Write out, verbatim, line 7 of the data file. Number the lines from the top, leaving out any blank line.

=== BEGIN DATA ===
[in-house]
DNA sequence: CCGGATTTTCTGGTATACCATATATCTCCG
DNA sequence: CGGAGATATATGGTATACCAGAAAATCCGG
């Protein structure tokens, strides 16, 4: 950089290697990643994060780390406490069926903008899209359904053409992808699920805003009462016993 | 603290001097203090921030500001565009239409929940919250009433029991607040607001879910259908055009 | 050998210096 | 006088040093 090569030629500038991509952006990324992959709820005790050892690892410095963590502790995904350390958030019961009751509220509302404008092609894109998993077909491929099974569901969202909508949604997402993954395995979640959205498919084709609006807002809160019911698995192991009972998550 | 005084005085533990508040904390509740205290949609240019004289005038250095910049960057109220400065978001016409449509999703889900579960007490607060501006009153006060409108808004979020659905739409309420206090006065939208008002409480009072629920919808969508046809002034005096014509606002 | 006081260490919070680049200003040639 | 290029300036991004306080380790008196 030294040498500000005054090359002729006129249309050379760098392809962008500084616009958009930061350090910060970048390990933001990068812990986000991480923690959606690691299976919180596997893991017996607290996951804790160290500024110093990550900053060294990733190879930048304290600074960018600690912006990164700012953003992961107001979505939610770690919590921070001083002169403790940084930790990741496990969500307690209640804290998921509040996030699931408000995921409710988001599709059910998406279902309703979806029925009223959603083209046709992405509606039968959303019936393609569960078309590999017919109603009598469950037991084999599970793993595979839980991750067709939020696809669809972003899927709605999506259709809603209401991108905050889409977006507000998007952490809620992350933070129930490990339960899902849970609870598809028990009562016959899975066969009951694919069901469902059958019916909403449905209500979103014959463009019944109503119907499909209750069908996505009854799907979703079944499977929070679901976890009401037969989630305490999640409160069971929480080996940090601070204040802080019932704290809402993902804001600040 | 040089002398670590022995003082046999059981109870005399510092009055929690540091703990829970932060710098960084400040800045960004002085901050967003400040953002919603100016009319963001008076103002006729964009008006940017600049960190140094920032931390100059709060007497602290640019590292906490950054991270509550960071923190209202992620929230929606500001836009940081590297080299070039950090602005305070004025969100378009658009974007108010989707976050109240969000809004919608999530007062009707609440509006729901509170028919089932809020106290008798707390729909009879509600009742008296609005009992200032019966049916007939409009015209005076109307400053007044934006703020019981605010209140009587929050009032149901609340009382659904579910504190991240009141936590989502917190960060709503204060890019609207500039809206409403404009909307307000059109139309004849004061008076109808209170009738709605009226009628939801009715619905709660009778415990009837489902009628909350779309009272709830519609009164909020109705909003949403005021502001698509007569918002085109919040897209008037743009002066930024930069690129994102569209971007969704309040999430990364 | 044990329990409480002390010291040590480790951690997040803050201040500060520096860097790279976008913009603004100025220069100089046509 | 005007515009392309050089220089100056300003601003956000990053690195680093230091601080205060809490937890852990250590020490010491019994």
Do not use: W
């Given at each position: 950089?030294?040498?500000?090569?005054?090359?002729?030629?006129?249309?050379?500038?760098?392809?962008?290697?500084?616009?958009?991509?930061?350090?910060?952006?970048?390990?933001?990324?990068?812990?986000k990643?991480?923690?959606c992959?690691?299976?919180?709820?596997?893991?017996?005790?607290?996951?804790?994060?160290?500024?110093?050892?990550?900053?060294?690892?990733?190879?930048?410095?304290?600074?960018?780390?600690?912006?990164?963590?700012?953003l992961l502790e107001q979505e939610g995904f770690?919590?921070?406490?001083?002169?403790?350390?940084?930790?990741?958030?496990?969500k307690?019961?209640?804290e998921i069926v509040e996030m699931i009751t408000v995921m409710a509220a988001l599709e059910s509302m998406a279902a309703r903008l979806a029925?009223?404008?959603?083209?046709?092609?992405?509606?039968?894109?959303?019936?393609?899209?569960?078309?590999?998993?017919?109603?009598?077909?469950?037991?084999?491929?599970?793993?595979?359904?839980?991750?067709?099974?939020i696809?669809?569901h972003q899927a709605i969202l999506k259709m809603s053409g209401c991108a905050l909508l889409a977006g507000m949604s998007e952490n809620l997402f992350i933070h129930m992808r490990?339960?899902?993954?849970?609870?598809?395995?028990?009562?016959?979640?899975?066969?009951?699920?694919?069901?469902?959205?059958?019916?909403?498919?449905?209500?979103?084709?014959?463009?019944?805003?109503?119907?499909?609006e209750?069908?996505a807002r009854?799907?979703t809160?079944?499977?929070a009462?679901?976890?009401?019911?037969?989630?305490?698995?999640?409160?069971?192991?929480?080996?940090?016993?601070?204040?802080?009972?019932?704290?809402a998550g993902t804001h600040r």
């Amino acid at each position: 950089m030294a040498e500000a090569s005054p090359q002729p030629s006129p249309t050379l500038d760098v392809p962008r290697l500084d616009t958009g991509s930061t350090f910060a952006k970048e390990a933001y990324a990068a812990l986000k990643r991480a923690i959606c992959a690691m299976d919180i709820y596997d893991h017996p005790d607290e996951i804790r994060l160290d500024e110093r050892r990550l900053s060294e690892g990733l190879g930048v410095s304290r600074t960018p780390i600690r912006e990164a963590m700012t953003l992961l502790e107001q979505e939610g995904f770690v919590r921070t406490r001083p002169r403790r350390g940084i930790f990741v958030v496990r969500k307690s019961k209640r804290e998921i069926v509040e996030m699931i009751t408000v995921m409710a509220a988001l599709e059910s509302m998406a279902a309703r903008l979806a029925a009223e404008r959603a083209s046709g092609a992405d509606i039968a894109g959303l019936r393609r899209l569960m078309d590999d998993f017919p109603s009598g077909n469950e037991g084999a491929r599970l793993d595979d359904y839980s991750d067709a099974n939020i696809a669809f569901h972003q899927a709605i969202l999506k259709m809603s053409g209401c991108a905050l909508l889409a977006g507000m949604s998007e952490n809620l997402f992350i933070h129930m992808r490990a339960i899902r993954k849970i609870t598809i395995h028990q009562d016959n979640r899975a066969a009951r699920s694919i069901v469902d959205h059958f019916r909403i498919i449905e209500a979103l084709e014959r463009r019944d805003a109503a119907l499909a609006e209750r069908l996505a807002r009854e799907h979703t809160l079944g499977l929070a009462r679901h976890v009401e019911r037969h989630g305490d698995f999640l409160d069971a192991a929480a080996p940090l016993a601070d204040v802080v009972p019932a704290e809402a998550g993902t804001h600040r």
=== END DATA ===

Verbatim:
């Amino acid at each position: 950089m030294a040498e500000a090569s005054p090359q002729p030629s006129p249309t050379l500038d760098v392809p962008r290697l500084d616009t958009g991509s930061t350090f910060a952006k970048e390990a933001y990324a990068a812990l986000k990643r991480a923690i959606c992959a690691m299976d919180i709820y596997d893991h017996p005790d607290e996951i804790r994060l160290d500024e110093r050892r990550l900053s060294e690892g990733l190879g930048v410095s304290r600074t960018p780390i600690r912006e990164a963590m700012t953003l992961l502790e107001q979505e939610g995904f770690v919590r921070t406490r001083p002169r403790r350390g940084i930790f990741v958030v496990r969500k307690s019961k209640r804290e998921i069926v509040e996030m699931i009751t408000v995921m409710a509220a988001l599709e059910s509302m998406a279902a309703r903008l979806a029925a009223e404008r959603a083209s046709g092609a992405d509606i039968a894109g959303l019936r393609r899209l569960m078309d590999d998993f017919p109603s009598g077909n469950e037991g084999a491929r599970l793993d595979d359904y839980s991750d067709a099974n939020i696809a669809f569901h972003q899927a709605i969202l999506k259709m809603s053409g209401c991108a905050l909508l889409a977006g507000m949604s998007e952490n809620l997402f992350i933070h129930m992808r490990a339960i899902r993954k849970i609870t598809i395995h028990q009562d016959n979640r899975a066969a009951r699920s694919i069901v469902d959205h059958f019916r909403i498919i449905e209500a979103l084709e014959r463009r019944d805003a109503a119907l499909a609006e209750r069908l996505a807002r009854e799907h979703t809160l079944g499977l929070a009462r679901h976890v009401e019911r037969h989630g305490d698995f999640l409160d069971a192991a929480a080996p940090l016993a601070d204040v802080v009972p019932a704290e809402a998550g993902t804001h600040r």